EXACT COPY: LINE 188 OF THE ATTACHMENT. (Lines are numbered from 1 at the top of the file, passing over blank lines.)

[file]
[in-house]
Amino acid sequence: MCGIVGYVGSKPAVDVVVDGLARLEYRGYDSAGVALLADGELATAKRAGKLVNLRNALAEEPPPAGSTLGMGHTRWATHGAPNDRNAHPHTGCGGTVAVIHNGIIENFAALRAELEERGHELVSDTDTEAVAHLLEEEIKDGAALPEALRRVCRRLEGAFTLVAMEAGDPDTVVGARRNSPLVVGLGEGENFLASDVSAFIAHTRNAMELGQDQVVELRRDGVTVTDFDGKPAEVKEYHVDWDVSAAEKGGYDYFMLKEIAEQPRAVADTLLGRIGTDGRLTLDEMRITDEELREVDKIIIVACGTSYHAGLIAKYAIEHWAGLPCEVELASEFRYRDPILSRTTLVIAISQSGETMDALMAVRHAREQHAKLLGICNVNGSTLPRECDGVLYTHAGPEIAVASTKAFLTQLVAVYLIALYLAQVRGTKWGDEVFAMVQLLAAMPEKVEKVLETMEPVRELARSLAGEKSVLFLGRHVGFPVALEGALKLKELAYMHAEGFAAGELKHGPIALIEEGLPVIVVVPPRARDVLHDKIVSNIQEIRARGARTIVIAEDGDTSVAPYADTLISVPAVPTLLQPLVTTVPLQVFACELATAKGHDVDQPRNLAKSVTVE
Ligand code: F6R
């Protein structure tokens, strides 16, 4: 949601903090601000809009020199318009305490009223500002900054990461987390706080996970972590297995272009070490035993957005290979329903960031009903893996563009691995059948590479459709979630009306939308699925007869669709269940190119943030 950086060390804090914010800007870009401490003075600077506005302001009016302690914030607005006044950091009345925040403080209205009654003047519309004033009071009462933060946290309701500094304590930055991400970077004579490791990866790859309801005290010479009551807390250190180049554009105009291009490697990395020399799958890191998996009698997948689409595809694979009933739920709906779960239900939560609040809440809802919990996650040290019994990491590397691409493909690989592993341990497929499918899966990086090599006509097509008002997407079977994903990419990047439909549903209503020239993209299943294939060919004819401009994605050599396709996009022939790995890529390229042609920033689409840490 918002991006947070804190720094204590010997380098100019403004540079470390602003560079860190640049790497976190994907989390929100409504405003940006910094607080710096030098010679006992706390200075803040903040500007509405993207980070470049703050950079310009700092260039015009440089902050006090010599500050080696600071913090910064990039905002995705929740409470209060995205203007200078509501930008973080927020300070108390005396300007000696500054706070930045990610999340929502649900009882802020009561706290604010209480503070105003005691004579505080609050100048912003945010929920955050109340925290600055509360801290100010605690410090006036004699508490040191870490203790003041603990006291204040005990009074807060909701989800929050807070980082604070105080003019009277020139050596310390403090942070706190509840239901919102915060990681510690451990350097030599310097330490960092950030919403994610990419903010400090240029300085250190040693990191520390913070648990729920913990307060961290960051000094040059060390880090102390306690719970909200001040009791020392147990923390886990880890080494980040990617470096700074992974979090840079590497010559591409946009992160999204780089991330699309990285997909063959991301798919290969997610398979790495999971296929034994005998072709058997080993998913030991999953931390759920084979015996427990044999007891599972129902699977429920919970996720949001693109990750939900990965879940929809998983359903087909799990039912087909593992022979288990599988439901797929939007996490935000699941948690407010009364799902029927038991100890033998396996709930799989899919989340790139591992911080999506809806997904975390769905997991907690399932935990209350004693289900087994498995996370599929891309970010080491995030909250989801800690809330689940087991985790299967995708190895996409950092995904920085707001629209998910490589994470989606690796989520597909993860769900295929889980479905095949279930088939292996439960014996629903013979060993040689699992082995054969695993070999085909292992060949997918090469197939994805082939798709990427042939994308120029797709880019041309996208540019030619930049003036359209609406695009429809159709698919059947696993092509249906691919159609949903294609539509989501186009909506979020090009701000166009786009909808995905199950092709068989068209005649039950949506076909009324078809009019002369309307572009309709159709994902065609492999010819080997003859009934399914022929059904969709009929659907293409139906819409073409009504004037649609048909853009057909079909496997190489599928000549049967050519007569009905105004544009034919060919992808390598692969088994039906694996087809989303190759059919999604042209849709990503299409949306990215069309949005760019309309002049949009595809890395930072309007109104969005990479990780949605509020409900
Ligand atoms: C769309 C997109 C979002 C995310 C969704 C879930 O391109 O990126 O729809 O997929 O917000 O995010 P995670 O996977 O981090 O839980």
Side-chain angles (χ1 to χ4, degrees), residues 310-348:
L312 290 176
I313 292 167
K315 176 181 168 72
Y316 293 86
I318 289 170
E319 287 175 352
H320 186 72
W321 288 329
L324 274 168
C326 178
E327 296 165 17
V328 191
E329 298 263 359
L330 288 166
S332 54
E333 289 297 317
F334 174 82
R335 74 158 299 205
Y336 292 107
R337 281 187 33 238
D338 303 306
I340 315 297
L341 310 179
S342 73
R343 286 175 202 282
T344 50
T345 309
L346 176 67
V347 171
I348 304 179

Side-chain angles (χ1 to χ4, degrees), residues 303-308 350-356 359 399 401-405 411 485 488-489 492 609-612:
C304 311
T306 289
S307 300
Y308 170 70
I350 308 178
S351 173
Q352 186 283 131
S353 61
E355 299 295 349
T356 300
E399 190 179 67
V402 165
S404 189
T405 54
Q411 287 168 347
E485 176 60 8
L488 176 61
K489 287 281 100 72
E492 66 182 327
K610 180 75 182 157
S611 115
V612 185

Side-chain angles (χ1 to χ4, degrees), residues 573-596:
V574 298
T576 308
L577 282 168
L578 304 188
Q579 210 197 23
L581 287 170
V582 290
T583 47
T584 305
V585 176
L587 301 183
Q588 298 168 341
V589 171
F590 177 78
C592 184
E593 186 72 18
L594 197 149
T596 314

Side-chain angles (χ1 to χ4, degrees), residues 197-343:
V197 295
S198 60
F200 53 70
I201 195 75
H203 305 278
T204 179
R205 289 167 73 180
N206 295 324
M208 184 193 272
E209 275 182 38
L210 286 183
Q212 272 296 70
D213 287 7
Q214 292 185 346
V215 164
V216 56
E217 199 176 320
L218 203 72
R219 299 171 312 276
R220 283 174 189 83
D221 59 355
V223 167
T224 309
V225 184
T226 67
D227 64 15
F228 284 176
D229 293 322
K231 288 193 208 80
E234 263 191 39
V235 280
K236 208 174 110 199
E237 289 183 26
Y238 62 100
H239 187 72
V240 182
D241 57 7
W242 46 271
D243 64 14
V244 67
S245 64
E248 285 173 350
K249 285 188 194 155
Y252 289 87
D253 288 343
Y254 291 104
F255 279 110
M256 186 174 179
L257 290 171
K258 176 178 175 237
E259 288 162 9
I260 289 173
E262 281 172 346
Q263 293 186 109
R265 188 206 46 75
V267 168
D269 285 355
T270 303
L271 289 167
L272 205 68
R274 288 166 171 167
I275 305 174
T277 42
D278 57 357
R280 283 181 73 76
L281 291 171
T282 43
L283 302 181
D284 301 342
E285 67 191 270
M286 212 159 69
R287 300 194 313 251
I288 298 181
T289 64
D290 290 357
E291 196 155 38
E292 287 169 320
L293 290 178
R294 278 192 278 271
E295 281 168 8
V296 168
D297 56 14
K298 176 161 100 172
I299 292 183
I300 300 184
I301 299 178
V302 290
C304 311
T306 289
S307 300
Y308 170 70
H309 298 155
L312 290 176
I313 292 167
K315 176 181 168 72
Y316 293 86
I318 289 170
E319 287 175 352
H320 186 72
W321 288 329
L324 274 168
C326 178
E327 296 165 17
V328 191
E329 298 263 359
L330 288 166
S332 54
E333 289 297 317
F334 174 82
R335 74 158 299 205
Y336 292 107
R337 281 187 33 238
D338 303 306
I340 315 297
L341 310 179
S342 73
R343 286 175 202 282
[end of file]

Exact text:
F334 174 82